As desktop computers, laptops, and large-scale information systems grew in popularity, they became goldmines for stealing private and personal information. Then, as the digital age switched from desktops to mobile devices, so did hackers. Mobile data mining and virus infections joined the ranks of expansive enterprise attacks and small-scale phishing attacks.

Today, with more than 4 billion smartphone users in the world, your cell phone may be just as vulnerable as your laptop. So how do you know if your phone has a virus? Watch for telltale signs of suboptimal performance, then troubleshoot effectively to remove and protect your device from the virus.

Can Phones Get Viruses?

It’s possible for phones to get a virus. As the popularity of smartphones exploded beyond that of computers as personal devices, hackers created new ways to infect and impair them. Unlike traditional viruses which replicated themselves while running, mobile malware and viruses on mobile devices target weak points within your operating system for data mining, financial gain or network corruption.


Data-sharing capabilities are typically blocked between applications, but some apps have been scrutinized for speculations of mishandling data, making their users increasingly vulnerable to these types of attacks.

9 Signs Your Phone Has a Virus

While many viruses will simply limit the function of your phone, some are created to steal and remove data, transfer malware onto more devices or make unauthorized purchases. 

Because mobile malware can run dormant while you use your phone as usual, you may not recognize or know you have a virus immediately. Plus, some suboptimal performance issues are normal symptoms of wear on a phone. However, these symptoms can also be a sign of malicious malware at work.

These 9 signs are an indication that your phone may have a virus:

  1. Excessive data usage: Undetected viruses running in the background of your phone may significantly increase data usage.
  2. Unauthorized charges: Some forms of trojans may drive up your phone bill with in-app purchases and text charges to premium accounts which hackers can then collect on.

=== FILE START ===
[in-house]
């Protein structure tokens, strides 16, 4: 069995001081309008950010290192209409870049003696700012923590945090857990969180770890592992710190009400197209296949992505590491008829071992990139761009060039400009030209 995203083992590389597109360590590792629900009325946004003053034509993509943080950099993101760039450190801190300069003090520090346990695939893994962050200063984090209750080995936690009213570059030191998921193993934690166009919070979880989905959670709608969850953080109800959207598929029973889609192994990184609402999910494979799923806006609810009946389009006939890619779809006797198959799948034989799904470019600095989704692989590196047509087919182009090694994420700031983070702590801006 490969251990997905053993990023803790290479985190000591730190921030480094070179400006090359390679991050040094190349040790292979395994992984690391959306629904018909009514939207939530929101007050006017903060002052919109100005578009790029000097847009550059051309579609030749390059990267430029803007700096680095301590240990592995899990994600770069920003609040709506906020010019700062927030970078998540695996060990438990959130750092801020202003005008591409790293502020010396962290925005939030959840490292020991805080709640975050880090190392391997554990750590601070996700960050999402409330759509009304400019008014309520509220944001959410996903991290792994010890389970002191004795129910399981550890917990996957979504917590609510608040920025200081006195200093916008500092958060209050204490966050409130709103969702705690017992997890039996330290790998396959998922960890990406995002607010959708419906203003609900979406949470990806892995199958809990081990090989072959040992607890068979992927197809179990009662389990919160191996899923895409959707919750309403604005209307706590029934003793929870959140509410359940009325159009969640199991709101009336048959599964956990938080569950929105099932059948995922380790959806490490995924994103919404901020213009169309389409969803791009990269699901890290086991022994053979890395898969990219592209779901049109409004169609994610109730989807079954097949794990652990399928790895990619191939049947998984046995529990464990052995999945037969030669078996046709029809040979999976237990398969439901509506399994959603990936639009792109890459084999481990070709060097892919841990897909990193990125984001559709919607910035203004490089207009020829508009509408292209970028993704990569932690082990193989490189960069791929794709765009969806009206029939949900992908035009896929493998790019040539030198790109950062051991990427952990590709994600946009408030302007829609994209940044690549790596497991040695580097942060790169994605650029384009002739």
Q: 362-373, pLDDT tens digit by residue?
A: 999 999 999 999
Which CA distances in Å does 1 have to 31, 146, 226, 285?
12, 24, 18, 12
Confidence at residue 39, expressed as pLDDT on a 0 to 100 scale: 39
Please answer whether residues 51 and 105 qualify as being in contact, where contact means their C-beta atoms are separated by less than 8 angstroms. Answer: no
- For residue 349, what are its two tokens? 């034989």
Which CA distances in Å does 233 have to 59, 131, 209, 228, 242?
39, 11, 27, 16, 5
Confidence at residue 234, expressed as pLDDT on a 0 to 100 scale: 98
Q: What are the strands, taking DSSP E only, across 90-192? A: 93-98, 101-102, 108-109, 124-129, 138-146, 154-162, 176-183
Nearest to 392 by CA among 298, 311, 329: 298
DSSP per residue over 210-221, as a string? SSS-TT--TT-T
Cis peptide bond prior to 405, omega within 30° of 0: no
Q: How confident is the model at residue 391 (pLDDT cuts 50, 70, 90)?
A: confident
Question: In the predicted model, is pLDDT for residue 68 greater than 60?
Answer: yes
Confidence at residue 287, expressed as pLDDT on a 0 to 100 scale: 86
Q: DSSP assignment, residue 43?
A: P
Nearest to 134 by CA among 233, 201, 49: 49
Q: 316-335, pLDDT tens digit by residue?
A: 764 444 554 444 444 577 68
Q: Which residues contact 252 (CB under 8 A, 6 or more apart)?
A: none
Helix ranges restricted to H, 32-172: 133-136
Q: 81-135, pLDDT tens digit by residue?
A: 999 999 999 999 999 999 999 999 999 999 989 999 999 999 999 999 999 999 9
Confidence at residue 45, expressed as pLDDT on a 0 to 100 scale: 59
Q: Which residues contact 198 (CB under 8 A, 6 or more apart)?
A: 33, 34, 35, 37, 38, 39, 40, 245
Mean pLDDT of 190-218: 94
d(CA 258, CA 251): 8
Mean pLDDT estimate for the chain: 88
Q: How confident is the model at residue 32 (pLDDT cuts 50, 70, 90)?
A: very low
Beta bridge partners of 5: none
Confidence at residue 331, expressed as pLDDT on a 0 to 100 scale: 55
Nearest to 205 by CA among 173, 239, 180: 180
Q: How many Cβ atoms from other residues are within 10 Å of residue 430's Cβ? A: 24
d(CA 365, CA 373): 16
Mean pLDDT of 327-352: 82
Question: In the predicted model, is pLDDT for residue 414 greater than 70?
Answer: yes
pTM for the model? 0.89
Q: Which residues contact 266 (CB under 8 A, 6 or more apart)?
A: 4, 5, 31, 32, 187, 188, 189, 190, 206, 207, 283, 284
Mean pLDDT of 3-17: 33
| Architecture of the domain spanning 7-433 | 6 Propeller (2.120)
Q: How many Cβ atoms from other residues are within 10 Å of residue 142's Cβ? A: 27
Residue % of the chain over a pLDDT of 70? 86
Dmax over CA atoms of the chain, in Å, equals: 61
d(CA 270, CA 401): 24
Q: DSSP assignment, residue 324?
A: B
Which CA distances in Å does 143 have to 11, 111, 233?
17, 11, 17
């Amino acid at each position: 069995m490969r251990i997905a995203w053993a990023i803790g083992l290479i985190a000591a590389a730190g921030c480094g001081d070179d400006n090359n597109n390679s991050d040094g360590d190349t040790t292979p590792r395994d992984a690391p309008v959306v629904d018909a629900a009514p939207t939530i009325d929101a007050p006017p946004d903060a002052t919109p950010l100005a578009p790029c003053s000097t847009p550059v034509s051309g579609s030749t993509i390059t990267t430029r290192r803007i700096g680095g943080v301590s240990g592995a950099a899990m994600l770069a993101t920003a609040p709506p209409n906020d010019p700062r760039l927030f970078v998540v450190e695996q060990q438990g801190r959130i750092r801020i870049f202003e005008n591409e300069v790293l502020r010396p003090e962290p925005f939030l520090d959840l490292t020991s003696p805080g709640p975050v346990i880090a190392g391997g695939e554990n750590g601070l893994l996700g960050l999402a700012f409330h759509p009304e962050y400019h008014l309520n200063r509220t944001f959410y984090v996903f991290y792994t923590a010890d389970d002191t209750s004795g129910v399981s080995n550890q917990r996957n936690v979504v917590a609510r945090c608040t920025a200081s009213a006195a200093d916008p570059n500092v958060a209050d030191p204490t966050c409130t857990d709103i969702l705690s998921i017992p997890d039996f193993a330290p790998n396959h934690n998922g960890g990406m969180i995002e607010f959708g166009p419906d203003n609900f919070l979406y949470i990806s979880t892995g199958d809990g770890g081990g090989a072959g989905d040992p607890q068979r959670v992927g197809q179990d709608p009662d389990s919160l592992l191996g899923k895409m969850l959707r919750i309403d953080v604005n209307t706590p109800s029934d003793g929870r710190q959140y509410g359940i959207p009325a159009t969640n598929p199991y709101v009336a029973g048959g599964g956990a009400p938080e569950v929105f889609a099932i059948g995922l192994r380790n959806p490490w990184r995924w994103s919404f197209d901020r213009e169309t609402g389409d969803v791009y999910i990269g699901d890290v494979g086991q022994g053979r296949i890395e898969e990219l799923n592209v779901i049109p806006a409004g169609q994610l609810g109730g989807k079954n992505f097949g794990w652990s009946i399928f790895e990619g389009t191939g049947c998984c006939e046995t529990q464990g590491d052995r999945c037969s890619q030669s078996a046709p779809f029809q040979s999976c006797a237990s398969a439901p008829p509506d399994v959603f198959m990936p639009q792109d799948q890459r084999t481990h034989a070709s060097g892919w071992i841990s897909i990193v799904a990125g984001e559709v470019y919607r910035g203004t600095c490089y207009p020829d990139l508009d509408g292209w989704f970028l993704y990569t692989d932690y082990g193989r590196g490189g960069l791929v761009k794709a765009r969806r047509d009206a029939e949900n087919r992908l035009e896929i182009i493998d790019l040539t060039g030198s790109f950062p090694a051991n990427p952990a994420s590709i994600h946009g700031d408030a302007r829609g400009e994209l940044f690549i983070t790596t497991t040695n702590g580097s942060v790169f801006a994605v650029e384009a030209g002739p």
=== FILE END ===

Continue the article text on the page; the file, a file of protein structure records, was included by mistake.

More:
3. Apps crashing: Apps may repeatedly crash if your mobile software is compromised. Before searching for a virus and assuming the worst, check that your storage isn’t full and you don’t have too many apps running at once.
  4. Unusual search engines: Many people have a primary search engine they use for search queries. If your searches are being answered by new or unrecognizable search engines, this could be a sign that your phone has been infected by a virus.
  5. Pop-ups: While some pop-ups are a normal function of advertising while browsing the web, if your browser is closed and you’re experiencing increased pop-ups you may be experiencing adware, a type of malware that’s goal is data mining.
  6. Increased battery drain: You may experience an inexplicably quick drain on your battery with the increased use of your phone’s RAM if a virus is running in the background.
  7. Unrecognizable apps: When you see unrecognizable or fake apps that were mysteriously downloaded, they may be a malicious form of malware. Trojan horses can also attach themselves to legitimate applications and cause further damage.
  8. Overheating: Malware can consume RAM and CPU quickly, causing your phone to overheat. While occasional overheating may be normal, a chronic issue could be a signal that there’s something more dangerous afoot.
  9. Fraudulent linking: Malware may gather sensitive data and also attempt to infect your contacts by sending dangerous links and attachments through texts, emails or social media messages.

Types of Mobile Viruses

The most common types of mobile viruses are adware, ransomware, spyware, trojan horses, and worms. The term “virus” is now widely used to describe almost any kind of security risk, but it is actually a specific form of malware. Legitimate applications, fake emails, infected attachments and many other digital landscapes are perfect grounds for viruses to hide.